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SportsColumnistsDavid Lennon

What exactly is the Mets' managerial game plan? We're not so sure.

New York Yankees manager Joe Girardi looks on

New York Yankees manager Joe Girardi looks on against the Tampa Bay Rays during an MLB baseball game at Yankee Stadium on Thursday, Sept. 8, 2016. Credit: Kathleen Malone-Van Dyke

By late May, the Mets had a good idea they wouldn’t be bringing back Mickey Callaway in 2020. It was likely at 90% certainty by the All-Star break, then cemented when the team’s second-half playoff push fell short.

That’s a long time to figure out who their next manager should be. Or at least develop a feel for what type of manager they’d prefer to be Callaway’s successor.

The Angels knew they wanted Joe Maddon even before the Cubs announced he wouldn’t be coming back or they dumped their own manager, Brad Ausmus after one season, with two more left on his contract.

Closer to home, the Phillies made it clear they wanted a proven winner with experience, so they brought in Joe Girardi, Buck Showalter and Dusty Baker. After Girardi’s second interview Monday, reports out of Philadelphia insist he’s now the favorite.

That would be unfortunate for the Mets, because Girardi was the candidate who checked all the boxes for them, the slam-dunk choice. But as the Mets’ process dragged on, that decreased the odds of Girardi coming to Flushing, in our view. Especially with the Phillies making an aggressive push, because they’ve shown more of a willingness to spend and maybe could get the closest to the $4 million salary Girardi was making in his last season in the Bronx.

When the Mets officially fired Callaway on Oct. 3, both general manager Brodie Van Wagenen and chief operating officer Jeff Wilpon pledged a thorough search for the next manager, looking in a “variety of different buckets.” Based on the known list so far, they’ve kept their word. But looking at this group and all the time it’s taken the team to get here, do the Mets even know what they want in a manager?

We’ve already mentioned Girardi, and aside from throwing coffee on a Wilpon during lunch, he could have been hired on the spot, based on his resume and success on the other side of town. Sure, he was a bit intense in the Bronx, but he can handle the media responsibilities fine, and I’m betting he’ll be a little more patient with younger players this time around.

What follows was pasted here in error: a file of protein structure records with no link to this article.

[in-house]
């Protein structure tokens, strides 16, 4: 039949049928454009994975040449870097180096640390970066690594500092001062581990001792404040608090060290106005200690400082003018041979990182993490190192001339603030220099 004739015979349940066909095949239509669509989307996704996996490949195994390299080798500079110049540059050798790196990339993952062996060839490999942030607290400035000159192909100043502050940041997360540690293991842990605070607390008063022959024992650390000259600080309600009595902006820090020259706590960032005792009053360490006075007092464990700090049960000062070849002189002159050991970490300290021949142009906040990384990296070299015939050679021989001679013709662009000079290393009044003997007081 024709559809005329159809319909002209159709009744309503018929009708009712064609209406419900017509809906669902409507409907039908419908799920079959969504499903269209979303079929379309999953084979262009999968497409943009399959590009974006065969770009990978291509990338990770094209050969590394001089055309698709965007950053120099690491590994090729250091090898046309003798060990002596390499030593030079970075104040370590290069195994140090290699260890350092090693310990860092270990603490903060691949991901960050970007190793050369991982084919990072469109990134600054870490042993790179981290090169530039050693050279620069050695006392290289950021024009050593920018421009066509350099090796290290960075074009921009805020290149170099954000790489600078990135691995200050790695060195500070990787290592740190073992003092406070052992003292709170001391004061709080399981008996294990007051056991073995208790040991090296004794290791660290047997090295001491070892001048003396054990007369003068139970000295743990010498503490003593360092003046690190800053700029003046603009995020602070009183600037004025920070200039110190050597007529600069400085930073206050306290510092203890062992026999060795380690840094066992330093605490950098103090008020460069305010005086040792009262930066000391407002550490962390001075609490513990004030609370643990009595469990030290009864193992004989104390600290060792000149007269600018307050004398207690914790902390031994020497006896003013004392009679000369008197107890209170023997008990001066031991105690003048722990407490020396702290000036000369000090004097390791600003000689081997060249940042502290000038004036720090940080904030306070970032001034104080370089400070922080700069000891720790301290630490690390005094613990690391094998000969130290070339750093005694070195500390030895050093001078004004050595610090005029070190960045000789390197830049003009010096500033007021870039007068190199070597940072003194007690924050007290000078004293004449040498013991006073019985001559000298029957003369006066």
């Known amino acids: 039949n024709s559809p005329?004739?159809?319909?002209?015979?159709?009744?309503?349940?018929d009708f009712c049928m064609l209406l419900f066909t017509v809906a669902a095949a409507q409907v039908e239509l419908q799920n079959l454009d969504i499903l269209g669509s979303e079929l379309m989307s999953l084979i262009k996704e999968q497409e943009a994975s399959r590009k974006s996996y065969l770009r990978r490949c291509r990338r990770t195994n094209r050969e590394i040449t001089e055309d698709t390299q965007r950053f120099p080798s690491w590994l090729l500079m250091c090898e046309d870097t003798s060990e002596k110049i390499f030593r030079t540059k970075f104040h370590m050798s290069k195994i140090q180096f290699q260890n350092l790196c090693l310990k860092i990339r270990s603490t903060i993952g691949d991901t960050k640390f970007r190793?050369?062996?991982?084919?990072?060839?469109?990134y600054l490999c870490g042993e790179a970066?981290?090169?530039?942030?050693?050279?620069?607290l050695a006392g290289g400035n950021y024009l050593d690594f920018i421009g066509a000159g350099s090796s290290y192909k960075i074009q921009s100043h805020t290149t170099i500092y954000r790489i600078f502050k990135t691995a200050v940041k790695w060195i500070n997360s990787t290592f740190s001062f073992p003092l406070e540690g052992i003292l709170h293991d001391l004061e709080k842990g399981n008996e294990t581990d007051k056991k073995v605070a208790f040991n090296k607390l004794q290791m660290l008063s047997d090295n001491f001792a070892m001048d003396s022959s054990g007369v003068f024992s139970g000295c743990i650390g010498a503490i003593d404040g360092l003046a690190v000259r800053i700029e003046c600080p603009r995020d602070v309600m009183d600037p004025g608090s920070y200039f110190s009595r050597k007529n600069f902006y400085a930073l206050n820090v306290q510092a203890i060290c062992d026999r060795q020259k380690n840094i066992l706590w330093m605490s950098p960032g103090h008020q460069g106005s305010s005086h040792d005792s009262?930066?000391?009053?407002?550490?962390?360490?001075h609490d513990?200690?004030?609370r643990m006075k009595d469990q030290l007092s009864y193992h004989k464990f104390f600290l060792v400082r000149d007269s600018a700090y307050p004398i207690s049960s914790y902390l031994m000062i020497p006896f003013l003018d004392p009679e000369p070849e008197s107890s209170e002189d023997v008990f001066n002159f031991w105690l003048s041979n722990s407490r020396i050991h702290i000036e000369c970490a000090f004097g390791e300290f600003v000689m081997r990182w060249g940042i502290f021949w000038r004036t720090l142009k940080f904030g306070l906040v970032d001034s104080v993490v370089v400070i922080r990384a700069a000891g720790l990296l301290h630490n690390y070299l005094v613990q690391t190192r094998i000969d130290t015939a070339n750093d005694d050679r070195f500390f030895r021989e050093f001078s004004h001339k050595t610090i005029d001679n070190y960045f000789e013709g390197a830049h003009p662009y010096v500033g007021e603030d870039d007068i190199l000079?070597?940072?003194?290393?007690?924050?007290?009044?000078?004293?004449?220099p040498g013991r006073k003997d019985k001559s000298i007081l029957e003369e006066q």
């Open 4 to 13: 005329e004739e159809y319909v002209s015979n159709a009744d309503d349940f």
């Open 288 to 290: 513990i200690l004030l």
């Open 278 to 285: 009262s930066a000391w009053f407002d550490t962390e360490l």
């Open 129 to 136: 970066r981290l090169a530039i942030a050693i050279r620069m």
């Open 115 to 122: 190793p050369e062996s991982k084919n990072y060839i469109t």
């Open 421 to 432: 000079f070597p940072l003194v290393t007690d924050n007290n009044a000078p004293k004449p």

Maybe Girardi is the one slow-playing the Mets, either using them as leverage with the Phillies or trying to make his Flushing working conditions as agreeable as possible. If I were him, I’d get a few things in writing: more clubhouse autonomy than Callaway got from Van Wagenen and less frequent office visits from the Wilpons.

You also could see the Phillies being more attractive to Girardi for the simple reason that they don’t share a city with the Yankees. He has a World Series ring from his decade-long stay in the Bronx, but based on how that relationship ended, could his ego handle managing in the Yankees’ shadow?

Girardi has a second interview scheduled with the Mets, but are they just stalling to have the decision made for them?

In the past, the Mets have acted quickly when they wanted to. They hired Art Howe on Oct. 24 in 2002 after Fred Wilpon famously said he “lit up the room.” He lasted two seasons. Two years ago, the Mets hired Callaway on Oct. 22 but waited two more days to introduce him at Citi Field to be mindful of the World Series. Both Callaway and the Red Sox’s Alex Cora were the two first-time managers off the board.

If the Mets don’t get Girardi, they can throw the rest of the candidates in the same bucket.

Carlos Beltran’s return to Flushing would be a great story, and we’ve repeatedly lauded him for his high baseball IQ, but he’s still a considerable risk as a first-timer.

ESPN analyst Eduardo Perez would give the Mets their very own Aaron Boone, with the benefit of experience on a big-league coaching staff and also managing in Puerto Rico as well as for Team Colombia in the WBC.

Luis Rojas, the Mets’ quality- control coach, is an up-and-comer, but it isn’t his time yet. As for the others — Derek Shelton, Tim Bogar, Skip Schumaker, Mike Bell — we’ll assume those were information-gathering interviews for maybe the next opening that pops up.

The last time anyone with the Mets spoke on the record about their managerial search was the day of Callaway’s firing. That’s when Van Wagenen emphasized the importance of “collaboration” and someone to keep the “team unified” with a “voice to keep their clubhouse culture.”

If we learned anything from Callaway’s doomed two-year tenure, the Mets need an experienced in-game manager who can communicate clearly and handle two news conferences a day in a professional — preferably engaging — manner.

“I think when we put the formula all together,” Van Wagenen said at the start of this search, “the goal is to have the best person regardless of his resume.”

It’s often the Mets’ definition of “best” that tends to be the problem.

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